The Consortium’s approach, where the recommendation is based on academic research, stands in sharp contrast to Fox News’ reporting. Indeed, Fox News’ coverage of the relationship between gun violence and mental health has often failed to provide a nuanced picture of what is a complex issue, with the network unfairly stereotyping individuals with mental health conditions as prone to violence and using mental health to distract from the most significant factor in much of gun violence: access to firearms.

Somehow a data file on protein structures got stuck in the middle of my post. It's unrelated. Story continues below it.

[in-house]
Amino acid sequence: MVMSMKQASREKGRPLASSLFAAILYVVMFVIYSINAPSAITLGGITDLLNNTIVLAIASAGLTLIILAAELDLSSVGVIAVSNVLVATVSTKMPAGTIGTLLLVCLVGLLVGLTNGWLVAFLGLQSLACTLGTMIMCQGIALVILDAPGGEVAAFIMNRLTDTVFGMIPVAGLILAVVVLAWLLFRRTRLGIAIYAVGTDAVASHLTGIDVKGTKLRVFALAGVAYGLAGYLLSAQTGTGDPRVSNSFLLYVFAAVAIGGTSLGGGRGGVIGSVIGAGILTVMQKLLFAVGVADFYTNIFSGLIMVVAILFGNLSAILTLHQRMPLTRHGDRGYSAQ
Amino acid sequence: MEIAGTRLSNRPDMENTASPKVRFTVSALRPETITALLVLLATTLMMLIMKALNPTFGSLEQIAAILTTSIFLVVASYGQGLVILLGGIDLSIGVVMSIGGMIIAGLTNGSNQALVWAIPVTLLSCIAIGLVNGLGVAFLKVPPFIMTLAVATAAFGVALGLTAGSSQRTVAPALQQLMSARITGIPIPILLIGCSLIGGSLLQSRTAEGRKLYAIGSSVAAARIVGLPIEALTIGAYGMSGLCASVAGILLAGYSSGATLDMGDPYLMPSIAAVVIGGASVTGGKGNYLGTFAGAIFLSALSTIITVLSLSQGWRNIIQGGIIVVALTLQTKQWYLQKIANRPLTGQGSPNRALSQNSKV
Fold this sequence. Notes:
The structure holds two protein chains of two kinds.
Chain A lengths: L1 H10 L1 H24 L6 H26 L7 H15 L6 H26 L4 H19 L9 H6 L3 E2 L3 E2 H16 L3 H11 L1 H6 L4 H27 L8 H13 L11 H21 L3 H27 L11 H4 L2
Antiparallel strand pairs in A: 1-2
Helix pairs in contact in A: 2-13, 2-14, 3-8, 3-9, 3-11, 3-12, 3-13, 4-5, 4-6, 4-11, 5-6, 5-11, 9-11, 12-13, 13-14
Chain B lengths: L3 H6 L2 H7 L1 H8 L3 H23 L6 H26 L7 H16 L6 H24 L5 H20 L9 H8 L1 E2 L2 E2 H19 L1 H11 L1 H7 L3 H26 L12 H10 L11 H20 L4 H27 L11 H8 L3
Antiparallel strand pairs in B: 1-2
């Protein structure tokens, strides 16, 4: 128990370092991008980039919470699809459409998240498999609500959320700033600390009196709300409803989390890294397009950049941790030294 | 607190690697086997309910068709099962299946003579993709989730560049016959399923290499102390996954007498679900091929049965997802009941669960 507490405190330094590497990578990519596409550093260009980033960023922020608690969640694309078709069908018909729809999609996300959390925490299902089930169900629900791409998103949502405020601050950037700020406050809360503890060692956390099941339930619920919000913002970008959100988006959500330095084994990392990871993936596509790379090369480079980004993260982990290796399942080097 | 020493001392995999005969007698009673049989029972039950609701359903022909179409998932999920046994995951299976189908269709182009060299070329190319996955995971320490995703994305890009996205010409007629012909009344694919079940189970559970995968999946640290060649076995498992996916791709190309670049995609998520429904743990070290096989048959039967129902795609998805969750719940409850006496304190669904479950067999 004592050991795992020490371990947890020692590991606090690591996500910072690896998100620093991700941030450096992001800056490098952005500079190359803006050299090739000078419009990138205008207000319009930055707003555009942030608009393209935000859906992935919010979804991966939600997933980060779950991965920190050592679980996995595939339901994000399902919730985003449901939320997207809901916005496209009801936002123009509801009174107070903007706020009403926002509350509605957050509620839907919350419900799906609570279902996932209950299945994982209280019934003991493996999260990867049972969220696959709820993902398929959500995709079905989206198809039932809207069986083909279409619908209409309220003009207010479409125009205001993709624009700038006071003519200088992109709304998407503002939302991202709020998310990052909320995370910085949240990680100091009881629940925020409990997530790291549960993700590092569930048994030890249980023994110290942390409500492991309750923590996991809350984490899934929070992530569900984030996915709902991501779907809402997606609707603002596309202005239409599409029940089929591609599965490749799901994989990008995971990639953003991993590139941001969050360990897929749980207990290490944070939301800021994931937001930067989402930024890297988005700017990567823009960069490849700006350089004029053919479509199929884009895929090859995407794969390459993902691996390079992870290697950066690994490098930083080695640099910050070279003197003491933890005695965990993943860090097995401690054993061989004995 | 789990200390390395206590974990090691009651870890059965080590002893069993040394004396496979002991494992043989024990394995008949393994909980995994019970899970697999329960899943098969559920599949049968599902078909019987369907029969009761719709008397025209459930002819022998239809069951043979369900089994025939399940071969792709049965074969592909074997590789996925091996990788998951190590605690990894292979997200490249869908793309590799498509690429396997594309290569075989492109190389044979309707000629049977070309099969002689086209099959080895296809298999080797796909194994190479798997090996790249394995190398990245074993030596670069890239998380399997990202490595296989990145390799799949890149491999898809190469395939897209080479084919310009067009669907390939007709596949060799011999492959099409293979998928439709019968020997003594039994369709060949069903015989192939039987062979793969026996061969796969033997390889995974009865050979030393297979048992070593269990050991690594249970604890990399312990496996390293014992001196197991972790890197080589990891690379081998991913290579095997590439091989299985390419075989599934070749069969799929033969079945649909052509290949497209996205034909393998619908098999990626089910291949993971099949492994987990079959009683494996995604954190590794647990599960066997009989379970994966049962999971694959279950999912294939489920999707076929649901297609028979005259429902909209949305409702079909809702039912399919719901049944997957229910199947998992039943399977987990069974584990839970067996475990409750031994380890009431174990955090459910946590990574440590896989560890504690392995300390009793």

I like these.
In the 2 minutes it will take you to read this introduction, 52 adolescent girls living in poverty will give birth, 90% of whom were child brides, and 4 of whom will die from complications of pregnancy and childbirth.
The good news, however, is that no one is better qualified to end poverty than a girl living in it. When a girl is between 10 and 19 years old, a unique window of opportunity opens for her to break the inter- generational cycle of poverty.
The potential impact of breaking this cycle of poverty is huge. For example: if girls were employed at the same rate as boys, Brazil could add $23 billion to its annual GDP. India could add $383 billion if teen girls didn’t get pregnant and contributed to the economy instead. Ethiopia could add $6.8 billion if girls completed secondary school.